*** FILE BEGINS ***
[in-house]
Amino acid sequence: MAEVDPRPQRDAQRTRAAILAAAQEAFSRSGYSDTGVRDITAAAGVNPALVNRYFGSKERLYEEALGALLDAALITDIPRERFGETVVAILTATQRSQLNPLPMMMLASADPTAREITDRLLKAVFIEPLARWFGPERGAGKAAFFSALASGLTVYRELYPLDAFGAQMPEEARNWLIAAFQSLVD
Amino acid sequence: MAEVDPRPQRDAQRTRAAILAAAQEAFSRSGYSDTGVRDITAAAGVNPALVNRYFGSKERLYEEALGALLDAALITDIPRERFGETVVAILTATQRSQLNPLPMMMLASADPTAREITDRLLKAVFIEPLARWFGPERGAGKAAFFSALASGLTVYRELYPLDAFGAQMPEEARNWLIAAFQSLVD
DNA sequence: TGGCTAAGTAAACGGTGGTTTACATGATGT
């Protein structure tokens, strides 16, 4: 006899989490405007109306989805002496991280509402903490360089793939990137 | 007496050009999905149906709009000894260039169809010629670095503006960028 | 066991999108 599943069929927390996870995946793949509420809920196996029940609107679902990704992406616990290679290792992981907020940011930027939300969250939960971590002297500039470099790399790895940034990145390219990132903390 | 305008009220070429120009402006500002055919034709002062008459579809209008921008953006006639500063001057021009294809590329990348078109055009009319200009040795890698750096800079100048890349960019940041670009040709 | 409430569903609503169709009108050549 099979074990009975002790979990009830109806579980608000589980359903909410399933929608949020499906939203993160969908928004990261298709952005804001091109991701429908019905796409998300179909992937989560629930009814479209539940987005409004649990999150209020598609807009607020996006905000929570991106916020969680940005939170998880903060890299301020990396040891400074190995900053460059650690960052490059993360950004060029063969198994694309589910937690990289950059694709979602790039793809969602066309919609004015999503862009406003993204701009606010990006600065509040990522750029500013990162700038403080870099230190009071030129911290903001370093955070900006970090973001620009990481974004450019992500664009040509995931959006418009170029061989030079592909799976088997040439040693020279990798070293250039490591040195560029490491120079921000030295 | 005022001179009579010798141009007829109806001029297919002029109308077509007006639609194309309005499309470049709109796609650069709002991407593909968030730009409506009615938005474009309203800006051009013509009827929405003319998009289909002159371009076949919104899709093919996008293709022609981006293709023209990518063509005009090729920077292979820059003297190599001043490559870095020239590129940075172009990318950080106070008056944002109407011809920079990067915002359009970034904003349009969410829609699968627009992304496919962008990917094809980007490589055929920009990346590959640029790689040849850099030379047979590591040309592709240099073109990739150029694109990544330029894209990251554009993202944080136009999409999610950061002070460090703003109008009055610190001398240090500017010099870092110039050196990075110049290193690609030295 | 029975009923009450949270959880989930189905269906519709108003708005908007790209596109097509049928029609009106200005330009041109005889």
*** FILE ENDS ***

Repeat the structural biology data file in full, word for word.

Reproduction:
[in-house]
Amino acid sequence: MAEVDPRPQRDAQRTRAAILAAAQEAFSRSGYSDTGVRDITAAAGVNPALVNRYFGSKERLYEEALGALLDAALITDIPRERFGETVVAILTATQRSQLNPLPMMMLASADPTAREITDRLLKAVFIEPLARWFGPERGAGKAAFFSALASGLTVYRELYPLDAFGAQMPEEARNWLIAAFQSLVD
Amino acid sequence: MAEVDPRPQRDAQRTRAAILAAAQEAFSRSGYSDTGVRDITAAAGVNPALVNRYFGSKERLYEEALGALLDAALITDIPRERFGETVVAILTATQRSQLNPLPMMMLASADPTAREITDRLLKAVFIEPLARWFGPERGAGKAAFFSALASGLTVYRELYPLDAFGAQMPEEARNWLIAAFQSLVD
DNA sequence: TGGCTAAGTAAACGGTGGTTTACATGATGT
């Protein structure tokens, strides 16, 4: 006899989490405007109306989805002496991280509402903490360089793939990137 | 007496050009999905149906709009000894260039169809010629670095503006960028 | 066991999108 599943069929927390996870995946793949509420809920196996029940609107679902990704992406616990290679290792992981907020940011930027939300969250939960971590002297500039470099790399790895940034990145390219990132903390 | 305008009220070429120009402006500002055919034709002062008459579809209008921008953006006639500063001057021009294809590329990348078109055009009319200009040795890698750096800079100048890349960019940041670009040709 | 409430569903609503169709009108050549 099979074990009975002790979990009830109806579980608000589980359903909410399933929608949020499906939203993160969908928004990261298709952005804001091109991701429908019905796409998300179909992937989560629930009814479209539940987005409004649990999150209020598609807009607020996006905000929570991106916020969680940005939170998880903060890299301020990396040891400074190995900053460059650690960052490059993360950004060029063969198994694309589910937690990289950059694709979602790039793809969602066309919609004015999503862009406003993204701009606010990006600065509040990522750029500013990162700038403080870099230190009071030129911290903001370093955070900006970090973001620009990481974004450019992500664009040509995931959006418009170029061989030079592909799976088997040439040693020279990798070293250039490591040195560029490491120079921000030295 | 005022001179009579010798141009007829109806001029297919002029109308077509007006639609194309309005499309470049709109796609650069709002991407593909968030730009409506009615938005474009309203800006051009013509009827929405003319998009289909002159371009076949919104899709093919996008293709022609981006293709023209990518063509005009090729920077292979820059003297190599001043490559870095020239590129940075172009990318950080106070008056944002109407011809920079990067915002359009970034904003349009969410829609699968627009992304496919962008990917094809980007490589055929920009990346590959640029790689040849850099030379047979590591040309592709240099073109990739150029694109990544330029894209990251554009993202944080136009999409999610950061002070460090703003109008009055610190001398240090500017010099870092110039050196990075110049290193690609030295 | 029975009923009450949270959880989930189905269906519709108003708005908007790209596109097509049928029609009106200005330009041109005889």